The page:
The Siemens S40 is a mobile phone. Originally developed as the Bosch 1886 in 2000, the phone was branded as the Siemens S40 after Siemens acquired the Bosch mobile phone division. The Siemens S40 is a tri-band mobile phone that operates on the GSM-900, GSM-1800, and GSM-1900 networks. Communication with a computer can be done either through the infrared port (IrDA) on the phone or a USB or serial port data cable. Its more distinctive features include the voice memo recorder, the mute feature for conversations, the ability to record phone conversations, and the ringtone composer (a useful alternative for those unsatisfied with the 47 monophonic ringtones). Another notable fact about this phone is its very low SAR (specific absorption rate) of 0.33, making it #10 on the CNET's list of ten lowest-radiation cell phones as of 2005. Also it was one of the first phone with HSCSD.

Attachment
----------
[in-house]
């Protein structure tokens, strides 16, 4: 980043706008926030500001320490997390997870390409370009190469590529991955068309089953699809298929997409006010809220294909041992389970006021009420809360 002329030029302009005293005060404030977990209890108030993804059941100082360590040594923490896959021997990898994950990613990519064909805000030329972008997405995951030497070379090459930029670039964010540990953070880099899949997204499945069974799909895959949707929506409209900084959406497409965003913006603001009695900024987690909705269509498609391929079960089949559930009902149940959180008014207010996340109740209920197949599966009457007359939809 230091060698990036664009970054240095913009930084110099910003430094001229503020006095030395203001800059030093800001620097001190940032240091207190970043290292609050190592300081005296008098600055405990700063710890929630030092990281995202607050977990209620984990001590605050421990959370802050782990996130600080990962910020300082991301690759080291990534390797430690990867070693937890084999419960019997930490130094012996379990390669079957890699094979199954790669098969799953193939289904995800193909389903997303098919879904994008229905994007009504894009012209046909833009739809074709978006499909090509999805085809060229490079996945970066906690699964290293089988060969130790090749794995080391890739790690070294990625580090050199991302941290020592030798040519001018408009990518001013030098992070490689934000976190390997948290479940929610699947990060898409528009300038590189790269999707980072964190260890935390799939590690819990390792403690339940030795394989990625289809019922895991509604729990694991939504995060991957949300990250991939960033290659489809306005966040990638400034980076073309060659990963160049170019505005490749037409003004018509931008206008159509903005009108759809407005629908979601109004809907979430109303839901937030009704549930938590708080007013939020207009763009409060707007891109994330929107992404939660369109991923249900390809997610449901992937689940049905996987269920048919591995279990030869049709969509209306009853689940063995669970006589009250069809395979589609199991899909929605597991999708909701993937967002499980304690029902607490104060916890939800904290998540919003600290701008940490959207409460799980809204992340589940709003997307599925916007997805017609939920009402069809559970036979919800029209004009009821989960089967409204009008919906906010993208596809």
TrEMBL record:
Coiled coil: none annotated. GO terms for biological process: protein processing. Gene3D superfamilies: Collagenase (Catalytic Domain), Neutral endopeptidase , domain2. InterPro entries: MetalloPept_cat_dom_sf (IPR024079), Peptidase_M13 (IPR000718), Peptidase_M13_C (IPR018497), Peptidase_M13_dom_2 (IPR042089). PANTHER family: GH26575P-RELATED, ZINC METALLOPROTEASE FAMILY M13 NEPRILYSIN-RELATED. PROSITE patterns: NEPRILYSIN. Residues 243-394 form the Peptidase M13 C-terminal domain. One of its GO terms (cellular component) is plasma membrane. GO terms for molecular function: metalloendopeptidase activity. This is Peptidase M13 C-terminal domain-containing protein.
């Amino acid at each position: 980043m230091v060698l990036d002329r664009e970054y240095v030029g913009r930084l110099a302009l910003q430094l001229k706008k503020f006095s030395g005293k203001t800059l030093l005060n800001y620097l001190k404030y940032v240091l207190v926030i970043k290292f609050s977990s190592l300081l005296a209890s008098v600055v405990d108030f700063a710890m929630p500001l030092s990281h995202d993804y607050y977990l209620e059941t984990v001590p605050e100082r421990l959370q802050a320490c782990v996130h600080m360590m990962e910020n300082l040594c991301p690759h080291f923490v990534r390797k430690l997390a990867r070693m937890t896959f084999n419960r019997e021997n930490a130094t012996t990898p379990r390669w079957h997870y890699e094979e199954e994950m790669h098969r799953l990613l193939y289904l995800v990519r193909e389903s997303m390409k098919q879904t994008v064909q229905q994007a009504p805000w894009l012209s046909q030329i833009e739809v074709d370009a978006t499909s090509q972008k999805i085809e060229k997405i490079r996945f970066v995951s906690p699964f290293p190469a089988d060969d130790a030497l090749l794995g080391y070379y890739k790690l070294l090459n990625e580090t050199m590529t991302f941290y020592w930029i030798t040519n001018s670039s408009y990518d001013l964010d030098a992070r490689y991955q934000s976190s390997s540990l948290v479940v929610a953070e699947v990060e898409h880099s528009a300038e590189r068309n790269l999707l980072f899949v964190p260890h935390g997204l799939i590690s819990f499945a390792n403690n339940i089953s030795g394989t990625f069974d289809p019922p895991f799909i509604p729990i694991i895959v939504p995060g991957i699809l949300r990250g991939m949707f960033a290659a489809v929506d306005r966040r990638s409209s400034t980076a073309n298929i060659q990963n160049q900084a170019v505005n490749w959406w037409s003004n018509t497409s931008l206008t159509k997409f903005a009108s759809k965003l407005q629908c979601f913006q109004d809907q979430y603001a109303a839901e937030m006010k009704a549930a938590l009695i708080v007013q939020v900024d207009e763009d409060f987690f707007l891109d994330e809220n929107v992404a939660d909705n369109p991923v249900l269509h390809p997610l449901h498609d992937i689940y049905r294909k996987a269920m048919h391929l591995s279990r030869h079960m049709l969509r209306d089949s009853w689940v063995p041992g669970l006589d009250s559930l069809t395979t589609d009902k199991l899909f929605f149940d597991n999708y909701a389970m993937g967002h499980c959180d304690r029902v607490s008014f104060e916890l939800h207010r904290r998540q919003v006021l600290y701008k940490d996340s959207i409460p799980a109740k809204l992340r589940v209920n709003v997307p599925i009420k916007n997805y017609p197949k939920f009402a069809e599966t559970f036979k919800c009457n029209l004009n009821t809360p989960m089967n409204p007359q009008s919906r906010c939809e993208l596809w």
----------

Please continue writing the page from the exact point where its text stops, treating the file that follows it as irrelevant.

The S40 includes a 104x64 pixel monochrome liquid-crystal display with a blue backlight, an internal antenna, and rubbery buttons to prevent accidental dialing.
Phone was also branded as the Siemens S42, with the only differences being the keypad cover and a more rounded form factor.
- "Siemens S40 Specs and Features". Phone Factor, LLC.
- "Archive.org Wayback Machine: "CNET - Ten Lowest-Radiation Cell Phones (U.S.)"". CNET. Retrieved 2005-07-18.